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An Economist Gets Lunch

New Rules For Everyday Foodies

Tyler Cowen

Went to Nicaragua with a bit of wisdom - such as pick an older taxi driver, who'll be safer and will have local knowledge, partic of where good to eat. In a country where rich people have servants who cook for them, not many dine out, so little incentive to develop fine dining restaurants. But lots of little farms close to city meant fresh chicken and cheese. Breakfast can be best street meal of the day, though in a hotel it is usually the worst.

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Americans see little French food apart from wine, cheese and cured ham, partly because they are not good at transporting most of their produce. From America, Europeans see McDonald's and frozen pizza. They don't see the barbeques or the fresh vegetables. When they go to US, they wander around the central cities with no idea how to get to the ethnic restaurants in the suburbs.

In America, shd avoid meals which need a lot of fresh ingredients to taste good, because outside of the very most expensive restaurants, they simply can't get stuff there in peak condition. Instead, go for meals put together using good-enough ingredients cooked in an interesting way.

Cross-subsidies: hospital cafeterias don't bother about producing great food because they have a captive market - no incentive to serve up anything but 'good enough'. In contrast, recently Las Vegas casinos started providing top quality Chinese meals to cater for the rich Chinese gamblers arriving. Airlines used to have a reason to provide good meals, because when ticket prices were regulated, that was a way to differentiate. Now, many people prefer to forgo the food, or accept crap for a cheaper ticket. Since there is now a gap in the market, airport food is improving - Wolfgang Puck's Pizzas.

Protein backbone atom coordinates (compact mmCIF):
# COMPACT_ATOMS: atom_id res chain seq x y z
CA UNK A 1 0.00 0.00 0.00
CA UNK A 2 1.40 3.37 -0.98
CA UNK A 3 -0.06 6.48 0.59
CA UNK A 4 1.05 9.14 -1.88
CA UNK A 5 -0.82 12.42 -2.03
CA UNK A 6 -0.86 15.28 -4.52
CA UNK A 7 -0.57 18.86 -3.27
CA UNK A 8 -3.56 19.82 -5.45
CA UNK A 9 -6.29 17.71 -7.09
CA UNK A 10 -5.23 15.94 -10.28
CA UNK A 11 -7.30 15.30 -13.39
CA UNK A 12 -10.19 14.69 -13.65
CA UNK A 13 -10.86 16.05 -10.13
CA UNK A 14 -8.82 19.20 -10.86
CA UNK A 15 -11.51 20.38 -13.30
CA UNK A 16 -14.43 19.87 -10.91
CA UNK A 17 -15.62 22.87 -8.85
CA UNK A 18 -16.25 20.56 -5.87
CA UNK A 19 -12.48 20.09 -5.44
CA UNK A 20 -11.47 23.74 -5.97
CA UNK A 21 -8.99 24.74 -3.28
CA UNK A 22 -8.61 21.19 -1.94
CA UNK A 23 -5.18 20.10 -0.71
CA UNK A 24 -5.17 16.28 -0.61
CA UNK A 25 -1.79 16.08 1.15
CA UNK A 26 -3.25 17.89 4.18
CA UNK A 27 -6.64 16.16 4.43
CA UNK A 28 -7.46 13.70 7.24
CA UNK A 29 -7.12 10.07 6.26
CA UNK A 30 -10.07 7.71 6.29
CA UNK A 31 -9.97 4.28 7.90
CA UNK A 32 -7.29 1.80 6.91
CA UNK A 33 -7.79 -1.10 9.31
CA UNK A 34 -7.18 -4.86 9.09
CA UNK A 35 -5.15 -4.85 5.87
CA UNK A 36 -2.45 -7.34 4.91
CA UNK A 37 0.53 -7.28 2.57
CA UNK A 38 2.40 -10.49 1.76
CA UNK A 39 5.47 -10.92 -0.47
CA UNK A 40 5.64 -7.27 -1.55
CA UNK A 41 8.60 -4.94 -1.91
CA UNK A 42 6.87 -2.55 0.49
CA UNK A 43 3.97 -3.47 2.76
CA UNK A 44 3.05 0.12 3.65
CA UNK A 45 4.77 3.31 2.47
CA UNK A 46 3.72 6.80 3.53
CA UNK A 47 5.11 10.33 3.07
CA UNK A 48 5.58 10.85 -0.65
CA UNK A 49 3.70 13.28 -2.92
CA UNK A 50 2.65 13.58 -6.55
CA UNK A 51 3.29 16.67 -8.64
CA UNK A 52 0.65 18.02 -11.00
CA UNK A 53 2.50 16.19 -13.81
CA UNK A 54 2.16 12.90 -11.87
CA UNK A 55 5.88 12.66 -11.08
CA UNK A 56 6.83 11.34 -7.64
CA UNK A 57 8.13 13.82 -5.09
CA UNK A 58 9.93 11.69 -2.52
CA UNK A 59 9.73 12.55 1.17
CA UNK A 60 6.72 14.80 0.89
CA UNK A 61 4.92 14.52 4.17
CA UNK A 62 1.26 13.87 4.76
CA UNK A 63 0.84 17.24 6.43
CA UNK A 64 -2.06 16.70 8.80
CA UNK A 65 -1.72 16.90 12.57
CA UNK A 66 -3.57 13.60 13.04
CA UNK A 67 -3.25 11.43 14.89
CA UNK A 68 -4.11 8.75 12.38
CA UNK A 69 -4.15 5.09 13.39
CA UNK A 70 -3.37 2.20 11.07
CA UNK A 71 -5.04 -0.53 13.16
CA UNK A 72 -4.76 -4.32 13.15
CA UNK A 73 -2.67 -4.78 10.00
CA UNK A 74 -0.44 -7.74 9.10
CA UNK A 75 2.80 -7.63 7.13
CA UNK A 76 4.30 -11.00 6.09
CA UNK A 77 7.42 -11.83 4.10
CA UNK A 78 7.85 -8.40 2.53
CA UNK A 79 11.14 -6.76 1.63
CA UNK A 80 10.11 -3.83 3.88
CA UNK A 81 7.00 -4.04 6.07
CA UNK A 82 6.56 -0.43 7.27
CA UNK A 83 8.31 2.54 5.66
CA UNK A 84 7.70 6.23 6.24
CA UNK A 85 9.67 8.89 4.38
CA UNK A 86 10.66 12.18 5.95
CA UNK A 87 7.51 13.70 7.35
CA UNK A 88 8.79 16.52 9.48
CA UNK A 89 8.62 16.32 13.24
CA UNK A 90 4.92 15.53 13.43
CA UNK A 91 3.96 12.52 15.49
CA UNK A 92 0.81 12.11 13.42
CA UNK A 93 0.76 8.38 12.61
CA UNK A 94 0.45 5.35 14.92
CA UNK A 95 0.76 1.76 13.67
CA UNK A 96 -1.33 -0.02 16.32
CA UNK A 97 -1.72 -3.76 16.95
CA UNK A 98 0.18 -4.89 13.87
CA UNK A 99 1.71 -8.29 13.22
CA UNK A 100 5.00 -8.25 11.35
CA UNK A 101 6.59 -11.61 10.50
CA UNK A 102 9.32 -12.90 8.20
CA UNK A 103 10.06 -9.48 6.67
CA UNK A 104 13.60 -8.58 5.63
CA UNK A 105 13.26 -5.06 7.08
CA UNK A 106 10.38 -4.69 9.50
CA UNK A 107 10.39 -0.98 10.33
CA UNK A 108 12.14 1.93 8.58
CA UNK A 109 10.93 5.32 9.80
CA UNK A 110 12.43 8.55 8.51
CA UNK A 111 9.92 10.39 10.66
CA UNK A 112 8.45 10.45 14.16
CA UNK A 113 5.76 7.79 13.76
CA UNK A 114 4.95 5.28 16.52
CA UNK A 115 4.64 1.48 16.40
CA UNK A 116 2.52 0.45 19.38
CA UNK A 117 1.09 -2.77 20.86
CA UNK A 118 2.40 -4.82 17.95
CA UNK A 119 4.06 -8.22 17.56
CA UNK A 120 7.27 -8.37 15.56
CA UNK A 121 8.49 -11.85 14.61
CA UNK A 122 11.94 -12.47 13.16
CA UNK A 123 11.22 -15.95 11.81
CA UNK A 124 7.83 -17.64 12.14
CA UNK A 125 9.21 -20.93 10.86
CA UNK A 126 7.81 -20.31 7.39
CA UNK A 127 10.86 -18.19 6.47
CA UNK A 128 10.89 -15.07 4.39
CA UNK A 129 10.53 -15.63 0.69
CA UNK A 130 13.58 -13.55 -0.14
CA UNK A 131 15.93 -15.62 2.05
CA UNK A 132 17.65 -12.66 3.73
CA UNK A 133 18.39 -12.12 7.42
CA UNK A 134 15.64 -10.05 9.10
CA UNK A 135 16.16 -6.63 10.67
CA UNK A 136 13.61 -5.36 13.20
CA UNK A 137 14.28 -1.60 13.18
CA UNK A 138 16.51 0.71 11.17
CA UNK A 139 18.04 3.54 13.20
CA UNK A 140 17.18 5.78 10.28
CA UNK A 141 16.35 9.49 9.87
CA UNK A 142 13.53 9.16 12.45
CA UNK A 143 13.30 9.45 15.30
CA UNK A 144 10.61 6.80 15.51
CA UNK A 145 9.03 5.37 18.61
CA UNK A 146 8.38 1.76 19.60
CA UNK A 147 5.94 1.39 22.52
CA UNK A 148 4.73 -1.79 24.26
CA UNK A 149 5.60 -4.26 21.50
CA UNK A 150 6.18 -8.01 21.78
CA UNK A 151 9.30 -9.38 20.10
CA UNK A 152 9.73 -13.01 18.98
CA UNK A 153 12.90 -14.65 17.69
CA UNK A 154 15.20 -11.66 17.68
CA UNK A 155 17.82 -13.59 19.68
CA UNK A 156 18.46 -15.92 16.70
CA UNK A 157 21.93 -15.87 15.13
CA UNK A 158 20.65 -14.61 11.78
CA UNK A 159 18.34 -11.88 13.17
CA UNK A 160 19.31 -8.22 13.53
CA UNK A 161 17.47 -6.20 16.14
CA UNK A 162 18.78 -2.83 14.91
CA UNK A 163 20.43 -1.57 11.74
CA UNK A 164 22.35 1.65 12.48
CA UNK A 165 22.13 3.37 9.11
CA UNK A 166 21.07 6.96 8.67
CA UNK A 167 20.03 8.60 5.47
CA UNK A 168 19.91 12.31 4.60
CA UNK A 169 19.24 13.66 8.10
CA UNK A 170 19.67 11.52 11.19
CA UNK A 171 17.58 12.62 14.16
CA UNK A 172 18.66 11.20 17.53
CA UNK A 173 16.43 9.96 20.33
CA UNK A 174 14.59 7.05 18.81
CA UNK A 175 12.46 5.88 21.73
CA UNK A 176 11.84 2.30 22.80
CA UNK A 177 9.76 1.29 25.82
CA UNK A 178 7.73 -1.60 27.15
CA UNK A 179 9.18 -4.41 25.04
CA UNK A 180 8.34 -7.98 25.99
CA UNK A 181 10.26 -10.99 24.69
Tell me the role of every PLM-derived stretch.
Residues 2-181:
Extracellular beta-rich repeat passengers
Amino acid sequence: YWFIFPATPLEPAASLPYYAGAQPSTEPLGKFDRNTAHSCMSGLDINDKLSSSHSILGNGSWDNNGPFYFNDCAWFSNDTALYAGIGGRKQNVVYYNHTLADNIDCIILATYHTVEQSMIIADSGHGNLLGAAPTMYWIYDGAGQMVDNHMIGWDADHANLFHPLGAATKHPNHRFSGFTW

Movie theatres most extreme example - the film studios get most of the ticket revenue (which makes sense because they took most of the risk) so theatres have to make money from popcorn.

Most top restaurants are in high rent areas, but most of the restaurants in high rent areas are not very good. TGI Fridays and Hard Rock Cafes survive by churning volume, not by providing quality. Quirky ethnic restaurants can only afford the rent in streets off the main drag. So if yr in LA eat Mexican food in East LA and Asian food in Koreatown. Better food in East Hollywood than in West Hollywood, where the stars live.

The larger the number of restaurants serving the same ethnic cuisine in an area, the better the food is likely to be, because they are competing against each other and can't relax.

Suggests best way to improve American food and make it much cheaper would be to deregulate the food trucks and street vendors. Obviously enforce basic hygiene rules, but big advantage that let people experiment cheaply. A fixed restaurant has to attract as many patrons as possible, so invariably predictable, mainstream food.

One of lessons of life is recognizing that you don't know everything. Instead of trying to know all about food, learn how to find the people who know and care about food in their local area.

How do you get the best meal on the menu? Ask the wait staff. If they say "Everything is good" or "That depends on what you like", it means they haven't been taught by a quality boss or chef. And that's a bad sign for the whole restaurant.

In an expensive restaurant, ask yourself "Which dish sounds least appetising" and order that. Simple logic: in a flash restaurant a menu item will only be there if it's good. If it sounds bad, it's probably especially good.